1. Praying In Jesus’ name means we depend on Jesus for access to God

The way to heaven is blocked up by our sins. There is no access for a sinful person to God without a Mediator.

“I am the way and the truth and the life. No one comes to the Father except through me.” (Jhn 14:6)

Jesus Christ is that Mediator. Jesus came down from heaven, died for sinners, and gathers them to himself by His effectual calling.

“If anybody does sin, we have one who speaks to the Father in our defense — Jesus Christ, the Righteous One.” (1 Jhn 2:1)

“In him and through faith in him we may approach God with freedom and confidence.” (Eph 3:12)

“Since we have a great high priest who has gone through the heavens, Jesus the Son of God, let us hold firmly to the faith we profess. Let us then approach the throne of grace with confidence, so that we may receive mercy and find grace to help us in our time of need.” (Heb 4:14,16)

2. Praying In Jesus’ name means we depend on Jesus for acceptance of our prayers

After Jesus intercedes for us by His work on the cross, he then tells us to go to his Father in his name, and ask what we need. He also gives us His Spirit to help us with our prayers.

“This is the confidence we have in approaching God: that if we ask anything according to his will, he hears us.” (1 Jhn 5:14)

“I tell you the truth, my Father will give you whatever you ask in my name.” (John 16:23)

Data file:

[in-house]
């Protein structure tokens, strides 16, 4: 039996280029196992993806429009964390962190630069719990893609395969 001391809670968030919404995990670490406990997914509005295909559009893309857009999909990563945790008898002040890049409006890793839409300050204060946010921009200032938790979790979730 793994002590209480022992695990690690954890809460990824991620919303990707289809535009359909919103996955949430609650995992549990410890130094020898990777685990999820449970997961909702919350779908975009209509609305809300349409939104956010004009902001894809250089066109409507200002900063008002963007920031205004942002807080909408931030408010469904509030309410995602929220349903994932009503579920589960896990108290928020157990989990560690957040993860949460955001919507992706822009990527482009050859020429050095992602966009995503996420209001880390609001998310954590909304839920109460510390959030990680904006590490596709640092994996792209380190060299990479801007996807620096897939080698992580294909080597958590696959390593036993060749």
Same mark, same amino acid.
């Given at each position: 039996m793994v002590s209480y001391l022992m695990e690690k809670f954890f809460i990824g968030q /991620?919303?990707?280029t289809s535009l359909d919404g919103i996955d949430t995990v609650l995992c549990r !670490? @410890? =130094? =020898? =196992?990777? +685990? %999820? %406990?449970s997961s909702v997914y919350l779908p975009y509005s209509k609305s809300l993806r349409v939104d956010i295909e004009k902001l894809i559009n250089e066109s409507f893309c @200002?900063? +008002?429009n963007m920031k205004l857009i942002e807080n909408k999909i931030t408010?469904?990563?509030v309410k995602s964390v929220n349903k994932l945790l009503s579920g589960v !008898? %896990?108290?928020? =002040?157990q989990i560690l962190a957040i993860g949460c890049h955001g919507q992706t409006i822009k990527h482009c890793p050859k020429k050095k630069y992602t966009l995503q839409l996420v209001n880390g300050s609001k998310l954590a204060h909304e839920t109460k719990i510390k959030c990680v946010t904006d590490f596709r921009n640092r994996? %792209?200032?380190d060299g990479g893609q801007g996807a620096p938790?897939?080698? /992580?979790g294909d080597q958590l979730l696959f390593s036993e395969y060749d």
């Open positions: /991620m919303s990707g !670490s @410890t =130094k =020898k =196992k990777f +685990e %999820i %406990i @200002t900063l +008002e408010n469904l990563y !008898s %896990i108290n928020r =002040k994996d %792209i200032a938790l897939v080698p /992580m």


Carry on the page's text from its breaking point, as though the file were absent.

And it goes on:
“The Spirit helps us in our weakness. We do not know what we ought to pray for, but the Spirit himself intercedes for us with groans that words cannot express.” (Rom 8:26)

3. Praying In Jesus’ name means we depend on Jesus for a gracious answer

We don’t always get the answer to prayers we want but we will always receive whatever we need to accomplish God’s will in our lives through Jesus.

“I will do whatever you ask in my name, so that the Son may bring glory to the Father.” (Jhn 14:13)

“I can do everything through Him who gives me strength.” (Phil 4:13)

7 Ways God Loves Us

1) God loves us with Atoning love.

“God so loved the world, that he gave his only Son, that whoever believes in him should not perish but have eternal life. For God did not send his Son into the world to condemn the world, but in order that the world might be saved through him.” (Jhn 3:16-17)

God’s love for us is what motivated Him to send Christ into the world to save us. Christ paid for our sins, which had separated us from Him. This sacrifice not only brings us peace with God, it also brings us into a personal, loving relationship with Him. (Rom 5:1-5)